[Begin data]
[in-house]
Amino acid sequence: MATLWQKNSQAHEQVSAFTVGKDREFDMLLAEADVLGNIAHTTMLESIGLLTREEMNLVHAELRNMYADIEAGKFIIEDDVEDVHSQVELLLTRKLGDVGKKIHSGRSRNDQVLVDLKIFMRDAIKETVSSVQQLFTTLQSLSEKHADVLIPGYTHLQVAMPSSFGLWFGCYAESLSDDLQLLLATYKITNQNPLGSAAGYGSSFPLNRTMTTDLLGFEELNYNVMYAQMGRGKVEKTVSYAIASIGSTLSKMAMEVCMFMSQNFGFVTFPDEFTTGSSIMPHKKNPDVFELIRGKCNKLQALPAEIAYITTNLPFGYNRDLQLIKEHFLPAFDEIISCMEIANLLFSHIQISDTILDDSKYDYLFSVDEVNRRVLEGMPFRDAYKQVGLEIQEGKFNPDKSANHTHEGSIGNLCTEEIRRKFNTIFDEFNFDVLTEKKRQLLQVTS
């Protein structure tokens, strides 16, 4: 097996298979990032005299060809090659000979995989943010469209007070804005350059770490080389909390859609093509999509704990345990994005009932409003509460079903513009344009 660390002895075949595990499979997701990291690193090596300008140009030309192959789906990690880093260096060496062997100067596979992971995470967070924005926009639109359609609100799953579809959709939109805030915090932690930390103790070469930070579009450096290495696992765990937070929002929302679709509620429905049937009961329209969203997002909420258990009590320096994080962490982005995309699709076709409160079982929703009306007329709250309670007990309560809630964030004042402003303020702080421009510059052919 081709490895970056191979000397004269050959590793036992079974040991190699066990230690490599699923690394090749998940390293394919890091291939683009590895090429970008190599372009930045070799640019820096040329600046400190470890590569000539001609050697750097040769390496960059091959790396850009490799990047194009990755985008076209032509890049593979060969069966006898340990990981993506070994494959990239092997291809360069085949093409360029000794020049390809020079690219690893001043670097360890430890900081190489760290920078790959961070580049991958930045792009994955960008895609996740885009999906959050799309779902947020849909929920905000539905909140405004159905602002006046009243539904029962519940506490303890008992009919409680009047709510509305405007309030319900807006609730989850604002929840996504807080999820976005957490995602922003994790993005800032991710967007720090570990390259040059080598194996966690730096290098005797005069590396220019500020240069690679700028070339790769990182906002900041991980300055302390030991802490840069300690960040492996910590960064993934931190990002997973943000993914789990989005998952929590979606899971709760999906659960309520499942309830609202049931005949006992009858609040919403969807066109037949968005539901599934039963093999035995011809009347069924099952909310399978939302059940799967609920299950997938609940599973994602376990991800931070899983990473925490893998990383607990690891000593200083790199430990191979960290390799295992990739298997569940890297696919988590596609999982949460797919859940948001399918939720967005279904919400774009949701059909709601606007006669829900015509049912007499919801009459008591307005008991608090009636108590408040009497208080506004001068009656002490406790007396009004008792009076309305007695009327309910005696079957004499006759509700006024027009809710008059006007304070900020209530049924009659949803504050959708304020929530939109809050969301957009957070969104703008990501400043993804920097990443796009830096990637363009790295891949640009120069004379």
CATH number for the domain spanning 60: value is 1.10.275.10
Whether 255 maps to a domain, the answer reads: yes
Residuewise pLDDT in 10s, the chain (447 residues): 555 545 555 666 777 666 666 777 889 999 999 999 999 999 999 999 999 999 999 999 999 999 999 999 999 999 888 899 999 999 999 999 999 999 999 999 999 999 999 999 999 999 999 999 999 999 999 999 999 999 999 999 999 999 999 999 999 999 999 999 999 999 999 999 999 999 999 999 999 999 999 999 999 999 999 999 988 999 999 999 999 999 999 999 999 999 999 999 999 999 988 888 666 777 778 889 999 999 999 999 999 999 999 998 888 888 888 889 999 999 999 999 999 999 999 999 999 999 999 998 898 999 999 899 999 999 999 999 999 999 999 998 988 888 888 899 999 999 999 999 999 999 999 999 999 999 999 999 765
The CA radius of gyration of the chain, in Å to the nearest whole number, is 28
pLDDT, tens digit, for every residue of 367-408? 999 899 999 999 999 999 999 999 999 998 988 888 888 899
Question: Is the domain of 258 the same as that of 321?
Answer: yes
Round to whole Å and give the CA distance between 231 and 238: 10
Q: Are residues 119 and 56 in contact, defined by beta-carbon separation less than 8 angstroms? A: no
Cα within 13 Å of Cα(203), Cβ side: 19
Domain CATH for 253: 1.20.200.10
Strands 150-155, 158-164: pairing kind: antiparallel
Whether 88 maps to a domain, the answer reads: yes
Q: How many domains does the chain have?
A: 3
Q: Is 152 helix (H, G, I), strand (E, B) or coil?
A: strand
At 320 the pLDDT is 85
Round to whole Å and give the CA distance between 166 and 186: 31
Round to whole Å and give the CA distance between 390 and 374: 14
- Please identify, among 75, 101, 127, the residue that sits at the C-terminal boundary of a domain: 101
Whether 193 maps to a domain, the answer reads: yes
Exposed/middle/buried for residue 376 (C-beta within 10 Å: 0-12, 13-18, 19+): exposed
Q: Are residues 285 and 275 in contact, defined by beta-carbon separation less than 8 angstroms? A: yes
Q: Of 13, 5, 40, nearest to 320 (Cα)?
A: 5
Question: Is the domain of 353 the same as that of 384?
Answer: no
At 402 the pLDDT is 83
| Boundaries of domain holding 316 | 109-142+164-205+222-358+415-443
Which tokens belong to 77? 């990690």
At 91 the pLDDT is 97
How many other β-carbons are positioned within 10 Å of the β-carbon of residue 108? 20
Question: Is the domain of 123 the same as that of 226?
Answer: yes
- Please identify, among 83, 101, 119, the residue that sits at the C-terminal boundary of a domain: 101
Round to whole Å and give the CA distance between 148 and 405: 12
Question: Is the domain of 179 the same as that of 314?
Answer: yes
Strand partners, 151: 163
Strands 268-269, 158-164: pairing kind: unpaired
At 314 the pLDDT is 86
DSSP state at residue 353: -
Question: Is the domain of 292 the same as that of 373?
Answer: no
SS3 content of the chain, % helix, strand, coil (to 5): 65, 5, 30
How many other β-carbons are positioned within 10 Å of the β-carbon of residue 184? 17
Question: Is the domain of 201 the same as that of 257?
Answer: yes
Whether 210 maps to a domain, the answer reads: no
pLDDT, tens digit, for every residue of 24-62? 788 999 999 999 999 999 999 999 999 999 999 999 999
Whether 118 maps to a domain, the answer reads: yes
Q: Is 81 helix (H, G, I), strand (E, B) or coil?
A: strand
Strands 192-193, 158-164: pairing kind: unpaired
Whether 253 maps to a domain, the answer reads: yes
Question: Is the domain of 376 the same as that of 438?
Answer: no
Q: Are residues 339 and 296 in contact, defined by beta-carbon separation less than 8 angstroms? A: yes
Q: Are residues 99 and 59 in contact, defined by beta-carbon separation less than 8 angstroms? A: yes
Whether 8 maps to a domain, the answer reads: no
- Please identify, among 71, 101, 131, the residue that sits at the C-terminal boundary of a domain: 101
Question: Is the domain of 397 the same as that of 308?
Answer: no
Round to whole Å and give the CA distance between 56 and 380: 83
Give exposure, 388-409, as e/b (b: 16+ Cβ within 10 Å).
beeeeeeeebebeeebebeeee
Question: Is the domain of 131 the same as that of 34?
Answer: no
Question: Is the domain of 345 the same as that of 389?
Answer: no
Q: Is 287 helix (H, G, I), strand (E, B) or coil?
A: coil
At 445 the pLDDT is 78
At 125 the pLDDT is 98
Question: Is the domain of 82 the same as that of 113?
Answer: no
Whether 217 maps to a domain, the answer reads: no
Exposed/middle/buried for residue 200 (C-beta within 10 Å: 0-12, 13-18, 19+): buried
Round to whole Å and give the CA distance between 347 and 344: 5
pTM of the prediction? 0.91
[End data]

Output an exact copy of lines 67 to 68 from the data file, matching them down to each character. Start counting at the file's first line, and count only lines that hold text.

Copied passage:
Answer: no
Round to whole Å and give the CA distance between 56 and 380: 83